For the uninitiated, 4G is an expansion of the radio spectrum used by mobile phones, so that their internet, email, video calls and other data can run super smooth and super fast.
So Ofcom’s announcing the qualified bidders is a huge step forward: it promises to eradicate those embarrassing moments when you’re trying to show someone a YouTube video on your phone and it simply freezes.
‘Buffering…buffering…buffering…’ should be a thing of the past, once Everything Everywhere (EE), Hong Kong’s PCCW, Hutchison Whampoa (owns Three), MLL Telecom, BT, and Telefonica (O2) have got their hands on some of the new bandwidth.
The formal auction process is due to start next month, and it is thought that licences will be doled out in March time, and 4G services should launch in May or June. So there’s still a fair old wait for the more avid smartphone enthusiasts to endure.
Importantly, the auction is expected to raise £3.5bn for the government’s kitty, which although a large sum, is much smaller than the £22bn that was raised by the 3G spectrum back in 2000.
If you’re interested in the techie stuff behind it, the new bandwidth is being achieved by using the 800MHz radio spectrum that has been vacated by the switchover from analogue to digital in the nation’s televisions.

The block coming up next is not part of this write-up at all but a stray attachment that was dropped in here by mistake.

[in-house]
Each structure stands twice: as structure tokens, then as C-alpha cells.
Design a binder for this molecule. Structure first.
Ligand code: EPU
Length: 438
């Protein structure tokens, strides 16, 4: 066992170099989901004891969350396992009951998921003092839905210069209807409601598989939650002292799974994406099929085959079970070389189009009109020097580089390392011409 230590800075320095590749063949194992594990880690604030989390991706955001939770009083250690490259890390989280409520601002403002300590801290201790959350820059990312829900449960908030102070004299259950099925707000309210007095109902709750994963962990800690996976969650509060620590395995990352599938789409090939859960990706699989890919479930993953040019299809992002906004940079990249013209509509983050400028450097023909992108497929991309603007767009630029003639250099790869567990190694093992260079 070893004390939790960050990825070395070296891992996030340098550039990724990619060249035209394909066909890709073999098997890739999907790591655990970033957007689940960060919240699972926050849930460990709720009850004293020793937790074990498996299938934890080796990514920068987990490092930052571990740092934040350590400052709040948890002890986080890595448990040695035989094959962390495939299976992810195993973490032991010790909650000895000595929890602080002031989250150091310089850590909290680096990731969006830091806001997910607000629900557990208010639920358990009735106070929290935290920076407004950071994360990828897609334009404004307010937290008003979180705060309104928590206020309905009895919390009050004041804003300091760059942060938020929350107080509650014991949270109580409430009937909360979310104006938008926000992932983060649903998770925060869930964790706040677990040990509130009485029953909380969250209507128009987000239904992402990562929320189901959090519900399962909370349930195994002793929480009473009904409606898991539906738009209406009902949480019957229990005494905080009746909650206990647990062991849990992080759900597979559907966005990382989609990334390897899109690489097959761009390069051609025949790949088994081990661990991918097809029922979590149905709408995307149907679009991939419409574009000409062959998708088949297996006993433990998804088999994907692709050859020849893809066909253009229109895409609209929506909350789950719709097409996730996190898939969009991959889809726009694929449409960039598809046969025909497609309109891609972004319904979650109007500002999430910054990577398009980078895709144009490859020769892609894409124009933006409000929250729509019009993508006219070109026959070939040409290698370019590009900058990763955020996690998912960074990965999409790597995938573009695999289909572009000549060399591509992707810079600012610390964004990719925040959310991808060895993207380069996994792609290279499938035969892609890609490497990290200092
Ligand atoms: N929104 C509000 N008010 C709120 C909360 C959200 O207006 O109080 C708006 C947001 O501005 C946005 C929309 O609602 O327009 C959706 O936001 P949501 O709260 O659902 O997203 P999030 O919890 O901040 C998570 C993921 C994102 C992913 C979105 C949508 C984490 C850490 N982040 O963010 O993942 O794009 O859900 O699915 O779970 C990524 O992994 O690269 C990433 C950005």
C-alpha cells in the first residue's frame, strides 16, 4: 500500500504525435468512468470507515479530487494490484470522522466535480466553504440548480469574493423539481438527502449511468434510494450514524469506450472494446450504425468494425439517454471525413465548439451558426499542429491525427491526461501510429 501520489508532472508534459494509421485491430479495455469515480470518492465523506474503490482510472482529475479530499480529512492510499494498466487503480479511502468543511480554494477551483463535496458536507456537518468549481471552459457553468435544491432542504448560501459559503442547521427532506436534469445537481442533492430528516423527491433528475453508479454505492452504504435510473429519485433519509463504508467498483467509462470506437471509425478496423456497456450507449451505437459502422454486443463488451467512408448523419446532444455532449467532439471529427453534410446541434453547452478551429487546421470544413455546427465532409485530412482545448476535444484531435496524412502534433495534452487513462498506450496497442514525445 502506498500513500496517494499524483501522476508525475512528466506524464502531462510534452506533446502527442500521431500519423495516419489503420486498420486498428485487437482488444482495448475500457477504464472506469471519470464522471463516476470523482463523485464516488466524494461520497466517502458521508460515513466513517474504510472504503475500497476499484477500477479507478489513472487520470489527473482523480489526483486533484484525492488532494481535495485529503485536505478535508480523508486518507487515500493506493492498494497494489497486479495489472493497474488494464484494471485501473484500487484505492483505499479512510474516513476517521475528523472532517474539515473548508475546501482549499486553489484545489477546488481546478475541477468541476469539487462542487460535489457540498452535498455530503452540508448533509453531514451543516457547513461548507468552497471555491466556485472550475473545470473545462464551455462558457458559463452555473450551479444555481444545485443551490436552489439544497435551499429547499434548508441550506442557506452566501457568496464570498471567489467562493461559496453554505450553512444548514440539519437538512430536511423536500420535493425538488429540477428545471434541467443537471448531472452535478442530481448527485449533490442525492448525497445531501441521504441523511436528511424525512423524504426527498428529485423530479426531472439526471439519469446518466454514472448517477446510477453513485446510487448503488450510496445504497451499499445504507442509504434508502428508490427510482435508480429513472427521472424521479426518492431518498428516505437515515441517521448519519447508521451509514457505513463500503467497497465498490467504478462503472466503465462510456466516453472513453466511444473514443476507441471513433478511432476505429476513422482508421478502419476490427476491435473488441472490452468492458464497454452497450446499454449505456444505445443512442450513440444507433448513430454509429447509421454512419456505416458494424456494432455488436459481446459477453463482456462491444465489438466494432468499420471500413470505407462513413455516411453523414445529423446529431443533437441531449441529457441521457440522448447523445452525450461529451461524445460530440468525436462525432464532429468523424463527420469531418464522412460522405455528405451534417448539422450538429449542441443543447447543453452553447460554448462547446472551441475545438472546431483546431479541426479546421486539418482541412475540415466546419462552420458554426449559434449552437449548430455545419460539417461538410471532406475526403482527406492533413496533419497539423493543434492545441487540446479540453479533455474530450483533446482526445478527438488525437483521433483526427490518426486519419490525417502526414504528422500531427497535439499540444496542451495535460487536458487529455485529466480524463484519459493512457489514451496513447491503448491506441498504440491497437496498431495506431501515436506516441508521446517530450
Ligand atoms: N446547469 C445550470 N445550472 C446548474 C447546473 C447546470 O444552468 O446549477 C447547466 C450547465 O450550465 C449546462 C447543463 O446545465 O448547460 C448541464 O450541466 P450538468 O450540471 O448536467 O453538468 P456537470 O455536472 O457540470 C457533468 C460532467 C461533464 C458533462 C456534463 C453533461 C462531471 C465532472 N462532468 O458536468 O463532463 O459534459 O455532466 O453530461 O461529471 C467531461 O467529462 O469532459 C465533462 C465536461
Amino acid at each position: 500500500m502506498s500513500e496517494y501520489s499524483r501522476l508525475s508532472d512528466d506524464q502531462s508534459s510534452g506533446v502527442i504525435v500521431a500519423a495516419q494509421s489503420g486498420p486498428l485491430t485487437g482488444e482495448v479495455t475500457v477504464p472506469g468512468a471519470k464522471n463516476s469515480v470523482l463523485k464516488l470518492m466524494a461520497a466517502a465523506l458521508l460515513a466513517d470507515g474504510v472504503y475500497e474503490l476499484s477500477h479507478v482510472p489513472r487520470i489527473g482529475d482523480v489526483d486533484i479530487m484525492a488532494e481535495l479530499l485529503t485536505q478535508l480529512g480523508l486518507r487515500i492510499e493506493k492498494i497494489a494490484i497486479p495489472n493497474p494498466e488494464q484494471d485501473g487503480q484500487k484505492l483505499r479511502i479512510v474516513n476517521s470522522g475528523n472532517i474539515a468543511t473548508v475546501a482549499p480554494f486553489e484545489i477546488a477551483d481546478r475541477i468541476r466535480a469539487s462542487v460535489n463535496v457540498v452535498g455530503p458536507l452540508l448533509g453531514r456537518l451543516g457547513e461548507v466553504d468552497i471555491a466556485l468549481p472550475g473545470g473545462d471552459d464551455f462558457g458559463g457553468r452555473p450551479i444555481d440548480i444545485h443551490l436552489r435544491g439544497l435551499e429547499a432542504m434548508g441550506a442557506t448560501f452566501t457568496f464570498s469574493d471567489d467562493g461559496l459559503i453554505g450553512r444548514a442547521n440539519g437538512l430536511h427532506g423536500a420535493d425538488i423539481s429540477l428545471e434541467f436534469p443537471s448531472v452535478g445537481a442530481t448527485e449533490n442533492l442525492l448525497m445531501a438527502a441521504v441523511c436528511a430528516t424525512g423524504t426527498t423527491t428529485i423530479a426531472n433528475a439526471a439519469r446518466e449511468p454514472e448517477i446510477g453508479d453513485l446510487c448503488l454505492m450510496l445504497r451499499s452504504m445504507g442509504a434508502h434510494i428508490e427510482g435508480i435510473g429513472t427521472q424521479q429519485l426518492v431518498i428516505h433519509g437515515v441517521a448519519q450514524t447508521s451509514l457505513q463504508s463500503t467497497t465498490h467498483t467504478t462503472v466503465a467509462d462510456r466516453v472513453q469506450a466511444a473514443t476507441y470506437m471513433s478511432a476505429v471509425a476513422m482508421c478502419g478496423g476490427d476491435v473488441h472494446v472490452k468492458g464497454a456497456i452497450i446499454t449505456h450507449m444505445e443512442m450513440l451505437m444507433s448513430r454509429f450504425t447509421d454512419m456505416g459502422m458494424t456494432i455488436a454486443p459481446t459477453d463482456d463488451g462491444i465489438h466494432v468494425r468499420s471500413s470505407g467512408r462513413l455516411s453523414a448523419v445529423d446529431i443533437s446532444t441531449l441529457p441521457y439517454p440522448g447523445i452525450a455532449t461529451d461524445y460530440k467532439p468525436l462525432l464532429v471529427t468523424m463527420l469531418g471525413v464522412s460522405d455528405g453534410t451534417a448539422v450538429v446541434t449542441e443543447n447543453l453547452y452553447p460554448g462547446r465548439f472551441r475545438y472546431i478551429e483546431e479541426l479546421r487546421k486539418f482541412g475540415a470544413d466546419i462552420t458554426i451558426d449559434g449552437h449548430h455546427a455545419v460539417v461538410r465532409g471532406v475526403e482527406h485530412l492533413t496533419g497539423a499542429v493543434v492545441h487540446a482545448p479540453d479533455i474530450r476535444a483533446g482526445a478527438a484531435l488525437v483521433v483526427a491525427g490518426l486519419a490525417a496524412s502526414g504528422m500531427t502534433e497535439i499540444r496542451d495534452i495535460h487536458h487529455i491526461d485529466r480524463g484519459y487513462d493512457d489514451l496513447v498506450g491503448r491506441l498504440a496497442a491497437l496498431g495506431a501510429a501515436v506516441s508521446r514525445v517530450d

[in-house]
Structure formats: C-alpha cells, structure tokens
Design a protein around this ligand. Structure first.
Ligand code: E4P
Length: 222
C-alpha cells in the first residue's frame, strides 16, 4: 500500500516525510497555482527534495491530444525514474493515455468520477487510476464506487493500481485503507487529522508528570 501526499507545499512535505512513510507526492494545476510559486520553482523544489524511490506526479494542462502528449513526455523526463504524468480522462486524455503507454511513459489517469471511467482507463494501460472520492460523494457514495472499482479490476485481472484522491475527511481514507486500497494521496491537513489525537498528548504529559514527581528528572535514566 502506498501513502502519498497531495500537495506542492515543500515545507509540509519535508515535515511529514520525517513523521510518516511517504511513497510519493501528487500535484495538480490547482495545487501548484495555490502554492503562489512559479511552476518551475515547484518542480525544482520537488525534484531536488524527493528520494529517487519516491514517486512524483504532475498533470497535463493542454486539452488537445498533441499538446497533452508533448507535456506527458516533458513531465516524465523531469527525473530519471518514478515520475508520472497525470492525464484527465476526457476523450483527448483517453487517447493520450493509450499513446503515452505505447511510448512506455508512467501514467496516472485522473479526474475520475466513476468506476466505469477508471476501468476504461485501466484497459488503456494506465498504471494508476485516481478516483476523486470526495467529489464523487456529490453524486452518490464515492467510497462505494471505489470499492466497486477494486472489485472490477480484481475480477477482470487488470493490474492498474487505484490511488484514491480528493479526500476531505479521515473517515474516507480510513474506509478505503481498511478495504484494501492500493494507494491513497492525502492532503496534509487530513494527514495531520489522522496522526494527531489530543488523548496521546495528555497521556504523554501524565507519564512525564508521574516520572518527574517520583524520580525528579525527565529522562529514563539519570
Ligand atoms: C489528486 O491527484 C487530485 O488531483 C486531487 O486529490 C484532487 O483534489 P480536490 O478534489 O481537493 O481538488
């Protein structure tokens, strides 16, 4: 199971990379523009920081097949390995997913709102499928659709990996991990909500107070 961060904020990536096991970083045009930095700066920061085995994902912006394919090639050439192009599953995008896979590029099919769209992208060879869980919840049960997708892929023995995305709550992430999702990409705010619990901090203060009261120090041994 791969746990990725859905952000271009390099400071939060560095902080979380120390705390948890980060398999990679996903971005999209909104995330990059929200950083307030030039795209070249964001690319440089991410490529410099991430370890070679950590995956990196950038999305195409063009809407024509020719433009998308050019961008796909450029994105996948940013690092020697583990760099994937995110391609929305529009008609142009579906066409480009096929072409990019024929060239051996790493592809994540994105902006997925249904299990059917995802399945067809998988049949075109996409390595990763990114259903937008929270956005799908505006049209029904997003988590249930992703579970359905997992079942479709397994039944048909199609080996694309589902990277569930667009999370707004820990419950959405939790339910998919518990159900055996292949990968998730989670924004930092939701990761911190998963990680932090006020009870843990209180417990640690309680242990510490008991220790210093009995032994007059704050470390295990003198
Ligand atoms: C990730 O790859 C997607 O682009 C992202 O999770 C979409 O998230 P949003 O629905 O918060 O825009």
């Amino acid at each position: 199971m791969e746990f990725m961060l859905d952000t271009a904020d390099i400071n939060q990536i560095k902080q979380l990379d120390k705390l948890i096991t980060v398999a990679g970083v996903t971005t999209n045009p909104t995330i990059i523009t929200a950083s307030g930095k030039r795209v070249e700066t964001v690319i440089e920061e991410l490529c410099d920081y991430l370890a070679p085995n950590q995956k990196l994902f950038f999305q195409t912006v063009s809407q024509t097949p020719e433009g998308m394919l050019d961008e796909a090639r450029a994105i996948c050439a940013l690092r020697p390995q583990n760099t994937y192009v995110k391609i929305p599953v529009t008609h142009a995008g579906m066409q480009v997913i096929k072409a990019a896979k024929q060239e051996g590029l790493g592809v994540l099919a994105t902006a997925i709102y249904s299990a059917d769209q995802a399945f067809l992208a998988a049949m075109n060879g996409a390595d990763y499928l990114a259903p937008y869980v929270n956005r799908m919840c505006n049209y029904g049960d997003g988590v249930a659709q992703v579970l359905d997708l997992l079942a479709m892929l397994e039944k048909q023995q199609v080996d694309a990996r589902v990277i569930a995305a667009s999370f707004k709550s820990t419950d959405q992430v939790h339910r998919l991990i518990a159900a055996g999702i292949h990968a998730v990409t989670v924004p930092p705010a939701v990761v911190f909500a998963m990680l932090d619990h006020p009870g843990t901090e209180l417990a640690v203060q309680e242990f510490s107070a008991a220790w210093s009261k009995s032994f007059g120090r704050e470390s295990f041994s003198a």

Also, the radio frequencies being used for 4G are lower than those used for 3G (800MHz as opposed to 2100MHz), and this means the 4G signal will propagate more evenly than 3G does. Hopefully that'll mean much broader coverage and fewer patches of no signal.
4G will boost the amount of space in the airwaves available to mobile phones by around 75%, and should help meet the demand for all that video and data as more people get smartphones, and some start using video calling.
Ofcom’s chief executive, Ed Richards, said: ‘The 4G auction will be a competitive process that will dictate the shape of the UK mobile phone market for the next decade and beyond.
‘New 4G services will stimulate investment, growth and innovation in the UK and deliver significant benefits to consumers in terms of better, faster and more reliable mobile broadband connection.’
Buffering…buffering…buffering…playing at last.